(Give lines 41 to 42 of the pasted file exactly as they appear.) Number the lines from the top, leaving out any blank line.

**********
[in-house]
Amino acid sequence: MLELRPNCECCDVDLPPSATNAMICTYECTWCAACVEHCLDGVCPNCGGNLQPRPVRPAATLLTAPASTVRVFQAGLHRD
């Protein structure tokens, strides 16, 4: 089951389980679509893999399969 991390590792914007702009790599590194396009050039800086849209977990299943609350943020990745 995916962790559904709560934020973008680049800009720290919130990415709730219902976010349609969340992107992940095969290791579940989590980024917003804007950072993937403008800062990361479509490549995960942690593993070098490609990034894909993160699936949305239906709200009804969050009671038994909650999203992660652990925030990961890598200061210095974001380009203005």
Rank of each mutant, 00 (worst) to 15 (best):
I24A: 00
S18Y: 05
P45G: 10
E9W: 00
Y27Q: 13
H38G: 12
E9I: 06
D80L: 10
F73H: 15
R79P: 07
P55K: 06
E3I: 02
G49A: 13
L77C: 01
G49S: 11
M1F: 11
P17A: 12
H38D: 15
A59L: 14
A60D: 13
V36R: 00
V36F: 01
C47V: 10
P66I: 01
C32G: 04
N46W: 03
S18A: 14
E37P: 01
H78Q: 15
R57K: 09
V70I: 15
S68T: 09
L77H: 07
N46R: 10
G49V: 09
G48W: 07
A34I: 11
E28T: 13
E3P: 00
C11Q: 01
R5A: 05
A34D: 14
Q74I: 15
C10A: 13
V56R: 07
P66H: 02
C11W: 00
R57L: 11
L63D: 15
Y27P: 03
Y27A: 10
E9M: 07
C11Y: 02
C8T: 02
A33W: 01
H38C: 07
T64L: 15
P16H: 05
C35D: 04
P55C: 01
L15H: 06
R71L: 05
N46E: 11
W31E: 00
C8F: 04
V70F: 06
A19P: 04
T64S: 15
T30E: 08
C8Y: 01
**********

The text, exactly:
A34I: 11
E28T: 13